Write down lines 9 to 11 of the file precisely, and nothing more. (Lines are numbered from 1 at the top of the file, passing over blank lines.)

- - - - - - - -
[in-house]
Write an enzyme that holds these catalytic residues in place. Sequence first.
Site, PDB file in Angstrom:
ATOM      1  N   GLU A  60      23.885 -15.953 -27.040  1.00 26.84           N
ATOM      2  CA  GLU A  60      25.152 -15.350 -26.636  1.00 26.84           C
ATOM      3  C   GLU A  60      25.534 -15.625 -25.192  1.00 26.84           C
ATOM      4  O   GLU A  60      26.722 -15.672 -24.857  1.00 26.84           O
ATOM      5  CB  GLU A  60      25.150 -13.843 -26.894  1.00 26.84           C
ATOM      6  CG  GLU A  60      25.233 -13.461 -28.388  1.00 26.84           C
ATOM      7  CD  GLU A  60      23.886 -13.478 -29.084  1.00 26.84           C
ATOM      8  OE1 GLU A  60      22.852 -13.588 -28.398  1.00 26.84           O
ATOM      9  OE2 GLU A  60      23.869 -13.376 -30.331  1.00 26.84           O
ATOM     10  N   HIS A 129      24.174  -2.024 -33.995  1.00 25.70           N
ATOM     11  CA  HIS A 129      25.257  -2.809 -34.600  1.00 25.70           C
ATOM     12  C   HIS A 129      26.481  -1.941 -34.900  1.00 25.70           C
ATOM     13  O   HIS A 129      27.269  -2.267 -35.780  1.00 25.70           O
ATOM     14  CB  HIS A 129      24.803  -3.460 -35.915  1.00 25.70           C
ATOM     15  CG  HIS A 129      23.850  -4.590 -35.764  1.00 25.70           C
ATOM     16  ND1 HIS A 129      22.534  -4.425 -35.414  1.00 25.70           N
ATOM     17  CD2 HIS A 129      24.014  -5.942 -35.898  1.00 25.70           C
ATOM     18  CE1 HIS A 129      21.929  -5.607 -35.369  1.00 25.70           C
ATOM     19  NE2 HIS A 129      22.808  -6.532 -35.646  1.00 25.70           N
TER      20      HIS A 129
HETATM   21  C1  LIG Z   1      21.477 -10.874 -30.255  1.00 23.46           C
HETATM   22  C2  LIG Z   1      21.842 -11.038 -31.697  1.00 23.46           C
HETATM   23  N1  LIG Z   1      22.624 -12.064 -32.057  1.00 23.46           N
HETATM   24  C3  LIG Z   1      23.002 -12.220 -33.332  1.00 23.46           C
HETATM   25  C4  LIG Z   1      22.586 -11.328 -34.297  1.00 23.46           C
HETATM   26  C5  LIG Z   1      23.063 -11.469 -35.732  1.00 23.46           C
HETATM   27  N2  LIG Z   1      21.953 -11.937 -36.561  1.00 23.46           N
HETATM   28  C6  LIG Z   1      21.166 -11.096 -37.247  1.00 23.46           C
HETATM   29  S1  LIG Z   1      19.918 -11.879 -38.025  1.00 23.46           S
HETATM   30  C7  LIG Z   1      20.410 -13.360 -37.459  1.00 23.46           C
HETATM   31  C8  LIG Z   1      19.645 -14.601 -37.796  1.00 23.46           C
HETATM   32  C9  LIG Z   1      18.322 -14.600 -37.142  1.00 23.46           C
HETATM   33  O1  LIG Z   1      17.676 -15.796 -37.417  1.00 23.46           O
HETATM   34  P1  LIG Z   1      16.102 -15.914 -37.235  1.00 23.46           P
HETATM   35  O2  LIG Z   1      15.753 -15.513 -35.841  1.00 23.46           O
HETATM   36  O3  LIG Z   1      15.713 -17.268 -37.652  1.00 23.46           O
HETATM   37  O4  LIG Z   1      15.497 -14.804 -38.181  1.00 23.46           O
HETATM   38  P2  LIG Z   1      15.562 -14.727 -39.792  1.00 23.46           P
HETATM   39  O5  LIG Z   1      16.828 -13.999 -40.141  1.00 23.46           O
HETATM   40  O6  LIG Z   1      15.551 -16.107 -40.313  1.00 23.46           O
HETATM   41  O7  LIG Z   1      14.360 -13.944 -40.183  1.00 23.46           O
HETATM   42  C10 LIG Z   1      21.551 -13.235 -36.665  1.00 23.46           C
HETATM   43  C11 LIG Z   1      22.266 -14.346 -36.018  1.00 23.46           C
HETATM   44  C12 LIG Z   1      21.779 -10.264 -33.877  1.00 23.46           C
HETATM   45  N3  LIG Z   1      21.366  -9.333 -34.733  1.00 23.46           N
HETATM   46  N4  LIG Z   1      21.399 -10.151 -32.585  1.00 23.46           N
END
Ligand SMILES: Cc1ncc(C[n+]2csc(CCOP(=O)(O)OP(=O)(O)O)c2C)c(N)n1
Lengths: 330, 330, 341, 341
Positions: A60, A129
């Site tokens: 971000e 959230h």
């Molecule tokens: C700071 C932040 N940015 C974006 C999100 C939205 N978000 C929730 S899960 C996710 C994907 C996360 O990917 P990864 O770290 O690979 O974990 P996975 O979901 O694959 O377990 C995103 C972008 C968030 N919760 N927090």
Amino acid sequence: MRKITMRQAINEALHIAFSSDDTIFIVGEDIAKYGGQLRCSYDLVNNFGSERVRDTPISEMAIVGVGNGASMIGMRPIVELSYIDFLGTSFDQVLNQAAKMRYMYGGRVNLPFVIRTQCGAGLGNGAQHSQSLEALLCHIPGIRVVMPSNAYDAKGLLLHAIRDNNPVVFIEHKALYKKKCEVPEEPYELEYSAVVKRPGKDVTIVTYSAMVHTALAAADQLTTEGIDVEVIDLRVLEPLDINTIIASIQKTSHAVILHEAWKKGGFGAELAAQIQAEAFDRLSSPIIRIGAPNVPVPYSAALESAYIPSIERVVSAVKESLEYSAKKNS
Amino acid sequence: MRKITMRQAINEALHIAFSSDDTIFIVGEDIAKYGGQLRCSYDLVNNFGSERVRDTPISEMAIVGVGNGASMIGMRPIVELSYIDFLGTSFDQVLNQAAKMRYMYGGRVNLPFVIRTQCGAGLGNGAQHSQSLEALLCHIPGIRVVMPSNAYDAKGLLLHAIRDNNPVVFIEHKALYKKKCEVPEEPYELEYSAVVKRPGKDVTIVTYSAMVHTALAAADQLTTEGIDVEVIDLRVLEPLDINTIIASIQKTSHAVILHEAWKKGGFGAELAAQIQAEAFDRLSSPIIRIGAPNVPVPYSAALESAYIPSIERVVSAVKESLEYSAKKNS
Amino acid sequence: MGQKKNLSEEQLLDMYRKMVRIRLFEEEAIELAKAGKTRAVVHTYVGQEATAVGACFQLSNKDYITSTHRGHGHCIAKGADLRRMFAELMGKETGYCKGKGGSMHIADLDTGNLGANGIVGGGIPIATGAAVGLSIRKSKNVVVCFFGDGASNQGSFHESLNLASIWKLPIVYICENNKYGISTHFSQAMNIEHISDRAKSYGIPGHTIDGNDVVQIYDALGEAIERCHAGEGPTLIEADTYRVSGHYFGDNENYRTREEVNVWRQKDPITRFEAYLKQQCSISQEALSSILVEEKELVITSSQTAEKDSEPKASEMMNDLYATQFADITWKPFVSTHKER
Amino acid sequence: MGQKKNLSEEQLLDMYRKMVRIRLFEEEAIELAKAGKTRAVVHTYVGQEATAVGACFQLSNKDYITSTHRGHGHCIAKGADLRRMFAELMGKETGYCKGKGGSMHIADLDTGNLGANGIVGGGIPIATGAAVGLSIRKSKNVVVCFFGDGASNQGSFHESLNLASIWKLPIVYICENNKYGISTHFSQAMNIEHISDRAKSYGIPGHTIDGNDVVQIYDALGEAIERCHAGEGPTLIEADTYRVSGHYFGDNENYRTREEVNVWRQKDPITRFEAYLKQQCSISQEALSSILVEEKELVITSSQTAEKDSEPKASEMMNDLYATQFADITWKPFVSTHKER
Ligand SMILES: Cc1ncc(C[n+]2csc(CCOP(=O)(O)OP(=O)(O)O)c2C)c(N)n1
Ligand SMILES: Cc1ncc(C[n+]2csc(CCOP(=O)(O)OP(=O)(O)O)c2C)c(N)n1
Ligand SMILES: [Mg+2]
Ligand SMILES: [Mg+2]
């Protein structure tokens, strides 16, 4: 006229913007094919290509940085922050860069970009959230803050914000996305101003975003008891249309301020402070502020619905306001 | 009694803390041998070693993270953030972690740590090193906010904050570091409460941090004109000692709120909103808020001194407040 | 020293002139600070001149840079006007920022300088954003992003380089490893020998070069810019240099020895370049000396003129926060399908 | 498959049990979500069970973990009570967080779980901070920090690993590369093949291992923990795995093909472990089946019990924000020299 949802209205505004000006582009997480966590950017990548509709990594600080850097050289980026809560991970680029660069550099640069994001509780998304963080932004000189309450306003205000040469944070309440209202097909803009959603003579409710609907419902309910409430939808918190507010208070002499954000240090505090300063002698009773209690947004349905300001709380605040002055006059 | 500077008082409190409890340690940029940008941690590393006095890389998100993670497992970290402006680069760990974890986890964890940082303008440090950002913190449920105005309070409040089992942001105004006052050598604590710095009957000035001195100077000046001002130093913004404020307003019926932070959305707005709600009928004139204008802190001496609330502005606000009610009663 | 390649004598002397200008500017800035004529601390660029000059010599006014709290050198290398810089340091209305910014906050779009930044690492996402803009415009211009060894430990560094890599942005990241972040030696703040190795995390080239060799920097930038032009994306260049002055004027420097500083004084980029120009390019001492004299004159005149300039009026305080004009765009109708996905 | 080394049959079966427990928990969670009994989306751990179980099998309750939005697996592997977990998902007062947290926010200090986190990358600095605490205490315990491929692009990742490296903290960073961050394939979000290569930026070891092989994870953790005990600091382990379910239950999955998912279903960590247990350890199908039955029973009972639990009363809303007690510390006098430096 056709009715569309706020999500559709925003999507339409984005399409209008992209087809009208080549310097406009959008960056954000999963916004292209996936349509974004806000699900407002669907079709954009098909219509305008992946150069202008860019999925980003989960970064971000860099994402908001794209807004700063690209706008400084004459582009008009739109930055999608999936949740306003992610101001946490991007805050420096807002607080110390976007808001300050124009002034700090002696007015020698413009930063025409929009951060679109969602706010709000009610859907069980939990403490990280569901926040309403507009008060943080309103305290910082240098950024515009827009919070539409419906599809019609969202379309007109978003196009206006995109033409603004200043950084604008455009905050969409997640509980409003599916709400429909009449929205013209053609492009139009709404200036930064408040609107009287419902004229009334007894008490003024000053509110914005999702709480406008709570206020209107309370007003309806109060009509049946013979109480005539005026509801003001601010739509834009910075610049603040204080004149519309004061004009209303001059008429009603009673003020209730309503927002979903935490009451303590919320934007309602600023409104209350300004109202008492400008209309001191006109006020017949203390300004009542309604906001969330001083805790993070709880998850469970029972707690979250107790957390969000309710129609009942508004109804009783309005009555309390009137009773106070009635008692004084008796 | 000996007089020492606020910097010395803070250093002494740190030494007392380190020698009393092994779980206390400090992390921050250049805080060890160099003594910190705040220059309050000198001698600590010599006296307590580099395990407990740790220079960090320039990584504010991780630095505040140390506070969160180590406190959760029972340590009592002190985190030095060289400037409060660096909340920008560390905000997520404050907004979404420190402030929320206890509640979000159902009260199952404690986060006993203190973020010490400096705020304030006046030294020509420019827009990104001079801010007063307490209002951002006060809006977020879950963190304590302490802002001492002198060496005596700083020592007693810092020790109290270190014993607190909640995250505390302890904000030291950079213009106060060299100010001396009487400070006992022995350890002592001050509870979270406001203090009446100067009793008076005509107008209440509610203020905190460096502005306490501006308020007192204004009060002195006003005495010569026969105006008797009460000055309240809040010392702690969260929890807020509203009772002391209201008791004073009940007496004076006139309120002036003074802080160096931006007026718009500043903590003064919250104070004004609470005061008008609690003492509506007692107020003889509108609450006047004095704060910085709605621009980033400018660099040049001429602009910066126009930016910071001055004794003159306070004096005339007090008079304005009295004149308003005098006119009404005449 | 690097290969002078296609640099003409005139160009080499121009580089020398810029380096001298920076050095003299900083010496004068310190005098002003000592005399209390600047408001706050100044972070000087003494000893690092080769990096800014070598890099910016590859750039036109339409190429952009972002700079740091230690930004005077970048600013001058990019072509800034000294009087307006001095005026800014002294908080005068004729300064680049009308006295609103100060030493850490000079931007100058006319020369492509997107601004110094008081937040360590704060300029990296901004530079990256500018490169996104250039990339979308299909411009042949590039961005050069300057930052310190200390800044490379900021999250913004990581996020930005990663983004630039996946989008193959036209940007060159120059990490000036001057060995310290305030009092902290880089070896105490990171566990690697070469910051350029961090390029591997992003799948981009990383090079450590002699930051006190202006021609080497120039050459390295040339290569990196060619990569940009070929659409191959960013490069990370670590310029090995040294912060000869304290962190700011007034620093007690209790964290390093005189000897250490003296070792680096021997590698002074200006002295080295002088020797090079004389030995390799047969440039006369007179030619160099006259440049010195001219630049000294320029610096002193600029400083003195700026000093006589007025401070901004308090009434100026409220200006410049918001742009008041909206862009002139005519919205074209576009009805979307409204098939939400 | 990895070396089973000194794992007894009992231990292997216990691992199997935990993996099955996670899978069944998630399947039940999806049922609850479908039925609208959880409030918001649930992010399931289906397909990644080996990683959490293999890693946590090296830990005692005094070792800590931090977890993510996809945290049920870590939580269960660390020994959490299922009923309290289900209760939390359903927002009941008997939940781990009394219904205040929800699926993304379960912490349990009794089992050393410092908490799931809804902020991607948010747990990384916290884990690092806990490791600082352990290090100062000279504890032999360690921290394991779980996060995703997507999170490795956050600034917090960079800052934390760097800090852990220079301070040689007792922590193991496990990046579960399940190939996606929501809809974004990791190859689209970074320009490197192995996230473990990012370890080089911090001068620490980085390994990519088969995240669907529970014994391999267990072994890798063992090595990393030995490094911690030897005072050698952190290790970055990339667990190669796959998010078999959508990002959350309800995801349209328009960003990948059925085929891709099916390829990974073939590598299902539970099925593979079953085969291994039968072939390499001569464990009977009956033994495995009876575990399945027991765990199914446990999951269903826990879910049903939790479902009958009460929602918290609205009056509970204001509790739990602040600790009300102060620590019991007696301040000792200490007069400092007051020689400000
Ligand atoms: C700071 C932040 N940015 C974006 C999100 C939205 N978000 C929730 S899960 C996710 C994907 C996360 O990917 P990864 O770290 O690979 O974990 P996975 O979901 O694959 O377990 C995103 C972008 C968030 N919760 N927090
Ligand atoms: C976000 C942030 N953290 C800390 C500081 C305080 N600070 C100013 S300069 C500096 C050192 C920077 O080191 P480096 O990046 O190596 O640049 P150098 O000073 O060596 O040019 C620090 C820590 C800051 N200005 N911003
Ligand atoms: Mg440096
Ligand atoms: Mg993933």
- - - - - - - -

ATOM      6  CG  GLU A  60      25.233 -13.461 -28.388  1.00 26.84           C
ATOM      7  CD  GLU A  60      23.886 -13.478 -29.084  1.00 26.84           C
ATOM      8  OE1 GLU A  60      22.852 -13.588 -28.398  1.00 26.84           O